as much as i have wandered over the years, i have suddenly have seen my own shadow here in the high-desert sun--i have caught up with my own self, and just like in "peter pan" when peter catches his own shadow and runs into never-never-land, i have yet to discover where this adventure in my own version of 'never-never land' will take me. 

life is just too awesome and weird to tell. 

Monday, February 13, 2012

the art of craigslisting

i owe most of my life to craigslist.

as i travel from here to there craigslist has been a necessary tool in fulfilling my immediate needs. 

just got into town and have no place to live? apartments to rent.
need to find a roommate? rooms and shares. 
need furniture? furniture sales.
need a truck to get your new furniture home? services.
need a bike? bicycle sales. 
need new bike parts? same. 
need a ski rental? vacations listings.
need ski equipment? sporting sales. 
need a job? job listings.

everything on this list i have successfully found via craigslist. subsequently, i have sold most of what i have acquired via craigslist full-circle on craigslist. 

i really don't know how i would get on with my life without craigslist. 

most of my friends seem to be pretty amazed at my suave bartering skills on craigslist. to me its not that i am talented, or brave, or even smart. as much as i would like to take their credit, i just have to be honest: desperation is key to craigslisting. 
you must be willing to put yourself out there, willing to get a bunch of crap in your email inbox, and reversely, put a lot of emails out there that will never be returned. you must be willing to drive out of your way for perfect strangers. you must bring cash. you must bring pepper spray and/or a friend to a transaction. you must not be disappointed if you don't get what you bargained for. you must be willing to learn someone's abridged life story over a handshake and deal in a grocery store parking lot. you must be willing to give your semi-true life story in a grocery store parking lot.
in the end, you must be willing to be a real person, meet real people, and talk about real things with real money. i appreciate the vague honesty that craigslist brings to the marketplace. the sense of personal trust, nary even a feeling of appreciation and gratitude for a good cut on a deal. 

craigslist is like a warm hug from the universe, giving you a supportive slap on the back that says: "YES! you can pull yourself up by your bootstraps in this world!"

and, my friends, what could be better than that? as desperate as i am, craigslist both feeds and staves my hunger for "things"; while all the while reminding me that indeed, they are just things... things that have negotiable prices, flawed histories, quirky owners... and nothing more, nor nothing less. 

and so as i get ready to hit the road i get to brag about my best craigslist score yet:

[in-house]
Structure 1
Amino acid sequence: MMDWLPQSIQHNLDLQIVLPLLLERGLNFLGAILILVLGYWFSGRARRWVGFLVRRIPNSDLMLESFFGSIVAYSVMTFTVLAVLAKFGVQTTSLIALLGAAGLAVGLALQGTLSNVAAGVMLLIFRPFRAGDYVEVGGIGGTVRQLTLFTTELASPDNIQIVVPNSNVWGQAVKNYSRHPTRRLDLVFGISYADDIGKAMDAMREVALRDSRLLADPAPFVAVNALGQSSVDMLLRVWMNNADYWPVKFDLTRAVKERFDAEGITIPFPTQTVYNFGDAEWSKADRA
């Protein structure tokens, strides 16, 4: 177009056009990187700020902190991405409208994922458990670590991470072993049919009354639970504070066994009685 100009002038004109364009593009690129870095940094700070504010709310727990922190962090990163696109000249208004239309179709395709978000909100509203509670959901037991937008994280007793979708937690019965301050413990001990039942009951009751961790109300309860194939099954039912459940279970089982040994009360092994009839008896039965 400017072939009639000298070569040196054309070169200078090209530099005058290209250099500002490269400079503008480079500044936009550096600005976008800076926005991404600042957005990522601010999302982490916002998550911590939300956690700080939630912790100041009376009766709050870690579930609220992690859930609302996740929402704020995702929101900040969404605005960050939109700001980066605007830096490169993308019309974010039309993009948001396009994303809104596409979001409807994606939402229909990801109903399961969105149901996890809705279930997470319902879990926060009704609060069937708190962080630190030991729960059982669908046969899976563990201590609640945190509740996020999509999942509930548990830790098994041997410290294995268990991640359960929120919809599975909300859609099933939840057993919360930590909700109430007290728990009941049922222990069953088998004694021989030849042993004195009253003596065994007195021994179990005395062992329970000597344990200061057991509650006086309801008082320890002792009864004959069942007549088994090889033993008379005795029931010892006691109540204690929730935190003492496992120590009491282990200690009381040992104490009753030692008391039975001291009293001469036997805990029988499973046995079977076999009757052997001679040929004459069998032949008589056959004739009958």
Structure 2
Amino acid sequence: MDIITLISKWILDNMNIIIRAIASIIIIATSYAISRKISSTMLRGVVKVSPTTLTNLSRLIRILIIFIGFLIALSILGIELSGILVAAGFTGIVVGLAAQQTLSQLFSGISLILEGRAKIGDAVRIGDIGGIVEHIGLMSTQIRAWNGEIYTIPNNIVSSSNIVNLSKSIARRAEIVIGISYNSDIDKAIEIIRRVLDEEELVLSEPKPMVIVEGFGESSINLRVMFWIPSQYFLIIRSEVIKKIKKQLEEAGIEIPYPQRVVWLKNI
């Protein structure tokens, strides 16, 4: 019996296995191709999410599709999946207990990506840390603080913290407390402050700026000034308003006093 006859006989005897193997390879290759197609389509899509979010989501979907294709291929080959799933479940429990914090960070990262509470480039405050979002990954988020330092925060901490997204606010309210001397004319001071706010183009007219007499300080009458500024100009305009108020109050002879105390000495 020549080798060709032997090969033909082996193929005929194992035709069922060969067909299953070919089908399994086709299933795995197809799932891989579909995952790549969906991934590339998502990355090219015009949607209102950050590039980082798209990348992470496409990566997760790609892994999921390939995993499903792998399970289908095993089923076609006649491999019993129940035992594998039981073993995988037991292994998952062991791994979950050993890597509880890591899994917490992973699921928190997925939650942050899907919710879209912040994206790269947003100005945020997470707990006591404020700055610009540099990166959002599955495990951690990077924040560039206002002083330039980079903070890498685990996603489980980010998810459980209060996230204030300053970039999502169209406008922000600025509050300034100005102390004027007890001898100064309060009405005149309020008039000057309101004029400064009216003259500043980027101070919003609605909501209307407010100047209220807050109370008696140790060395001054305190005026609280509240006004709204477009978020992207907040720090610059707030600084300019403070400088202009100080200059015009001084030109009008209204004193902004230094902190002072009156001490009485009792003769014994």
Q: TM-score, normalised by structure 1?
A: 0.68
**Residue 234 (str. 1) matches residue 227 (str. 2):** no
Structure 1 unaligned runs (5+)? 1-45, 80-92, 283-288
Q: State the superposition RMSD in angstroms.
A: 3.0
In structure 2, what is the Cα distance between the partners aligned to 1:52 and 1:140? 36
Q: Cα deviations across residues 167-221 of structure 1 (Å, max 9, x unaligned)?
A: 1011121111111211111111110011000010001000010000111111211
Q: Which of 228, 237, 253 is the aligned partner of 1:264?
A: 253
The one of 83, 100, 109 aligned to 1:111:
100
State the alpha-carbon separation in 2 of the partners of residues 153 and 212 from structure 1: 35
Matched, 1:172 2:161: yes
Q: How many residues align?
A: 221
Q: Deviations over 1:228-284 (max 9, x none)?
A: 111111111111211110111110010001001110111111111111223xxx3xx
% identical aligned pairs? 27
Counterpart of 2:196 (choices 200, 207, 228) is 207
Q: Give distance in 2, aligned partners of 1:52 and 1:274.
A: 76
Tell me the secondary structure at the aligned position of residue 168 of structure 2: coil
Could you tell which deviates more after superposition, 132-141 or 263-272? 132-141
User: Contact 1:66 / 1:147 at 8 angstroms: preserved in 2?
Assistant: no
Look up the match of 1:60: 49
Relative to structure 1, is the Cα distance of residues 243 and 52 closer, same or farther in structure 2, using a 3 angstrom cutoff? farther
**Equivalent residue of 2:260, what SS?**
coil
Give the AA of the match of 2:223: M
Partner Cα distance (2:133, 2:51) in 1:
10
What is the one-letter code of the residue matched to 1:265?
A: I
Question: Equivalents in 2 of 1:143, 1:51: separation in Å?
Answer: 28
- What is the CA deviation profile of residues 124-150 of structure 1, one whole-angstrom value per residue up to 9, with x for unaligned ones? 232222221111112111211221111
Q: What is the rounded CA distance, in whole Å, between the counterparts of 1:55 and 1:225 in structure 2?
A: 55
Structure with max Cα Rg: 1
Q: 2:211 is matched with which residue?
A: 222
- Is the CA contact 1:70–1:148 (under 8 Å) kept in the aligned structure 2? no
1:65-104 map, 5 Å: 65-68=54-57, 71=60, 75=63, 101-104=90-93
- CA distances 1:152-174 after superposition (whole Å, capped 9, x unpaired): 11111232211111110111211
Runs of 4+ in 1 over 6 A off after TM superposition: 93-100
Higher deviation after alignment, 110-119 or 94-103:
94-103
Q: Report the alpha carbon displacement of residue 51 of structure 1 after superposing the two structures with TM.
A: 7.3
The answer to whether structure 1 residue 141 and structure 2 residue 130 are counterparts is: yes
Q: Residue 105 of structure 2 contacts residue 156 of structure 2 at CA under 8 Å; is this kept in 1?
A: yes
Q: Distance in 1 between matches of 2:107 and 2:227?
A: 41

i needed a car--and i got one.
 i am now the proud owner of a 2000 subaru forester. and yes, i am joining the official car of the west club. i am even considering rewarding myself with some new mexico plates... because i have to be honest here, i don't plan on coming back east this time!

how pretty! and its the centinnial! how cool!

Monday, January 23, 2012

ramblin' on

how to get from here to there?

a dreamy perspective of what lies ahead...
i am trying to plan my trip out west. i even went ahead and calculated about how much i would spend on a 2,300 mile trip across the country (about $300). now i just need to find places to stay along the way... the timeline is set, i have at most 7 days to make the voyage, which should be more than enough time to enjoy friends along the way. i am thinking i am good for 8-10 hours of driving max a day. i wish i were a super human and could make the trip to denver non-stop. denver is an ideal place for a stop due to the large amount of friends and family there... although the prospect of fitting mardi gras in new orleans into the trip is weighing heavily on my conscience.

decisions, decisions. maybe some of my followers that know me best (yay friends and family) can weigh in to my decision making process. lord knows i need help.

option 1) virginia--> denver, colorado --> albuquerque, new mexico. stops in louisville, ky; kansas city, missori /or st. louis, illinois; and straight-on til denver... take it easy in the mile high for a few days, then head down south to albuquerque, nm.   http://g.co/maps/s3x5w

option 2) virginia --> new orleans, louisiana --> austin, texas --> alburquerque, new mexico. stops in knoxville, tennessee; new orleans, louisiana (mardi gras!); austin, texas (awesomeness); sante fe, nm; and albuquerque, nm. http://g.co/maps/knr5k

option 3) virginia --> chicago, illinios --> denver, colorado --> albuquerque, new mexico. stops in harrisburg, pa; chicago, illinois (never been); des moines, iowa (yay friends!); denver, colorado (home away from home); and later onto albuquerque... http://g.co/maps/cn7z2